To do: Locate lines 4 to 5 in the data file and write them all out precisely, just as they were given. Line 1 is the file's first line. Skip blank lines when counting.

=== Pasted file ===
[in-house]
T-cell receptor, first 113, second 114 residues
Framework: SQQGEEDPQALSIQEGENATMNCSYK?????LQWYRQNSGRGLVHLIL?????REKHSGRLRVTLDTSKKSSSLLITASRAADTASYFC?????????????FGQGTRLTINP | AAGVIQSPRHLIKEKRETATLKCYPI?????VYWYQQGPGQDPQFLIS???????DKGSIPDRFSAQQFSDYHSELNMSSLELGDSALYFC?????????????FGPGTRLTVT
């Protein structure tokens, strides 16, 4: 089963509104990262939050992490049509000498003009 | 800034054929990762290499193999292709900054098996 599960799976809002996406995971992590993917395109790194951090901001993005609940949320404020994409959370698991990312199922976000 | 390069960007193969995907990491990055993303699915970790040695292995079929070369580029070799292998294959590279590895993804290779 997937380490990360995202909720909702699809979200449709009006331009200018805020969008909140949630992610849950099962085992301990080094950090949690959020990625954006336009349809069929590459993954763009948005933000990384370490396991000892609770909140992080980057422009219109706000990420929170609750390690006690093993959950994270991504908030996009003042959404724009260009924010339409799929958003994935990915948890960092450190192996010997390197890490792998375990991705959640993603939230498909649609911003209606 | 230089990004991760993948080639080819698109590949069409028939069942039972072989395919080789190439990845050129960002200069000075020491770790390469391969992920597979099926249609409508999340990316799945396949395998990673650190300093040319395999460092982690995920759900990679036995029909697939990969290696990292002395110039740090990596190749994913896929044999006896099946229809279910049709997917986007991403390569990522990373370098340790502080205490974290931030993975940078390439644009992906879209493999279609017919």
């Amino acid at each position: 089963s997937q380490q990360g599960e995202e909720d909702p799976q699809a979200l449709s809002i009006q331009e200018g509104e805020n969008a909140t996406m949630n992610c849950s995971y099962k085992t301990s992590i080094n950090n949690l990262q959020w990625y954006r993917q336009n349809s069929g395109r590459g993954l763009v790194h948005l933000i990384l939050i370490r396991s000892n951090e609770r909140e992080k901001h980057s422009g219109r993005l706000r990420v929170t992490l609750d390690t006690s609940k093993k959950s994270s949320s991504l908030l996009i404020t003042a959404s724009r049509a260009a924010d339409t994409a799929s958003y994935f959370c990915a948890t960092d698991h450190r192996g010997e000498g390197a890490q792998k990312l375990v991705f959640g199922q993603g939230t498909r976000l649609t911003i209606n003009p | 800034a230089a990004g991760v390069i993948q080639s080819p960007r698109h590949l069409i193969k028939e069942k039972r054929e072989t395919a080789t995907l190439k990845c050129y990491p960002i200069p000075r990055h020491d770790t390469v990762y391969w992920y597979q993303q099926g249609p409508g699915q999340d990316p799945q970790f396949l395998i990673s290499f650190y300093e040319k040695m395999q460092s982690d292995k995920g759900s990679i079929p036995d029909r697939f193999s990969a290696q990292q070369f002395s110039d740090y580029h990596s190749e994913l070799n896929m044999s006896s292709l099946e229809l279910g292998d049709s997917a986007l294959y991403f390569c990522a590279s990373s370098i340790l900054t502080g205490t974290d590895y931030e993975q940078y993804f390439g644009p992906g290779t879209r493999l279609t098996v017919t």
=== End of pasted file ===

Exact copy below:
């Protein structure tokens, strides 16, 4: 089963509104990262939050992490049509000498003009 | 800034054929990762290499193999292709900054098996 599960799976809002996406995971992590993917395109790194951090901001993005609940949320404020994409959370698991990312199922976000 | 390069960007193969995907990491990055993303699915970790040695292995079929070369580029070799292998294959590279590895993804290779 997937380490990360995202909720909702699809979200449709009006331009200018805020969008909140949630992610849950099962085992301990080094950090949690959020990625954006336009349809069929590459993954763009948005933000990384370490396991000892609770909140992080980057422009219109706000990420929170609750390690006690093993959950994270991504908030996009003042959404724009260009924010339409799929958003994935990915948890960092450190192996010997390197890490792998375990991705959640993603939230498909649609911003209606 | 230089990004991760993948080639080819698109590949069409028939069942039972072989395919080789190439990845050129960002200069000075020491770790390469391969992920597979099926249609409508999340990316799945396949395998990673650190300093040319395999460092982690995920759900990679036995029909697939990969290696990292002395110039740090990596190749994913896929044999006896099946229809279910049709997917986007991403390569990522990373370098340790502080205490974290931030993975940078390439644009992906879209493999279609017919």
């Amino acid at each position: 089963s997937q380490q990360g599960e995202e909720d909702p799976q699809a979200l449709s809002i009006q331009e200018g509104e805020n969008a909140t996406m949630n992610c849950s995971y099962k085992t301990s992590i080094n950090n949690l990262q959020w990625y954006r993917q336009n349809s069929g395109r590459g993954l763009v790194h948005l933000i990384l939050i370490r396991s000892n951090e609770r909140e992080k901001h980057s422009g219109r993005l706000r990420v929170t992490l609750d390690t006690s609940k093993k959950s994270s949320s991504l908030l996009i404020t003042a959404s724009r049509a260009a924010d339409t994409a799929s958003y994935f959370c990915a948890t960092d698991h450190r192996g010997e000498g390197a890490q792998k990312l375990v991705f959640g199922q993603g939230t498909r976000l649609t911003i209606n003009p | 800034a230089a990004g991760v390069i993948q080639s080819p960007r698109h590949l069409i193969k028939e069942k039972r054929e072989t395919a080789t995907l190439k990845c050129y990491p960002i200069p000075r990055h020491d770790t390469v990762y391969w992920y597979q993303q099926g249609p409508g699915q999340d990316p799945q970790f396949l395998i990673s290499f650190y300093e040319k040695m395999q460092s982690d292995k995920g759900s990679i079929p036995d029909r697939f193999s990969a290696q990292q070369f002395s110039d740090y580029h990596s190749e994913l070799n896929m044999s006896s292709l099946e229809l279910g292998d049709s997917a986007l294959y991403f390569c990522a590279s990373s370098i340790l900054t502080g205490t974290d590895y931030e993975q940078y993804f390439g644009p992906g290779t879209r493999l279609t098996v017919t």